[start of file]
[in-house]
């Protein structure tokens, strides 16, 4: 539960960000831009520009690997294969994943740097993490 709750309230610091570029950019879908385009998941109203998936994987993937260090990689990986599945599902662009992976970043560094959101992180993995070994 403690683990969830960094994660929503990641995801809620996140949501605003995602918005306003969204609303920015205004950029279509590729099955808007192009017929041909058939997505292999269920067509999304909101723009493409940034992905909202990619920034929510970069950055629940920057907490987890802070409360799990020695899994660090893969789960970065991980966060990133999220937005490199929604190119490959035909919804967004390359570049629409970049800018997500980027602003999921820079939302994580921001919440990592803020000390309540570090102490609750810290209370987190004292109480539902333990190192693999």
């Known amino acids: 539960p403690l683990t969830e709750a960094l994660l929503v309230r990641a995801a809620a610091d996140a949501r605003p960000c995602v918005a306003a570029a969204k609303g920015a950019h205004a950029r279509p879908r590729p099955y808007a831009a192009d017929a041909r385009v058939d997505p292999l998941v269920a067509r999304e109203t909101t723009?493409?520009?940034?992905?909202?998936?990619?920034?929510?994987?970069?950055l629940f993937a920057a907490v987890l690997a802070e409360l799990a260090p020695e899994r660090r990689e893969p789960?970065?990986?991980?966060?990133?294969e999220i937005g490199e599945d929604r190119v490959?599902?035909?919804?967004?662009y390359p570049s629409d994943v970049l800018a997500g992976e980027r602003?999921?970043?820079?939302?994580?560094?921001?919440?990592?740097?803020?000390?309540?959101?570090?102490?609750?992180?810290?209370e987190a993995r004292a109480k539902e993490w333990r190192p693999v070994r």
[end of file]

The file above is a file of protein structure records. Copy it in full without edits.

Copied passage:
[in-house]
């Protein structure tokens, strides 16, 4: 539960960000831009520009690997294969994943740097993490 709750309230610091570029950019879908385009998941109203998936994987993937260090990689990986599945599902662009992976970043560094959101992180993995070994 403690683990969830960094994660929503990641995801809620996140949501605003995602918005306003969204609303920015205004950029279509590729099955808007192009017929041909058939997505292999269920067509999304909101723009493409940034992905909202990619920034929510970069950055629940920057907490987890802070409360799990020695899994660090893969789960970065991980966060990133999220937005490199929604190119490959035909919804967004390359570049629409970049800018997500980027602003999921820079939302994580921001919440990592803020000390309540570090102490609750810290209370987190004292109480539902333990190192693999």
């Known amino acids: 539960p403690l683990t969830e709750a960094l994660l929503v309230r990641a995801a809620a610091d996140a949501r605003p960000c995602v918005a306003a570029a969204k609303g920015a950019h205004a950029r279509p879908r590729p099955y808007a831009a192009d017929a041909r385009v058939d997505p292999l998941v269920a067509r999304e109203t909101t723009?493409?520009?940034?992905?909202?998936?990619?920034?929510?994987?970069?950055l629940f993937a920057a907490v987890l690997a802070e409360l799990a260090p020695e899994r660090r990689e893969p789960?970065?990986?991980?966060?990133?294969e999220i937005g490199e599945d929604r190119v490959?599902?035909?919804?967004?662009y390359p570049s629409d994943v970049l800018a997500g992976e980027r602003?999921?970043?820079?939302?994580?560094?921001?919440?990592?740097?803020?000390?309540?959101?570090?102490?609750?992180?810290?209370e987190a993995r004292a109480k539902e993490w333990r190192p693999v070994r």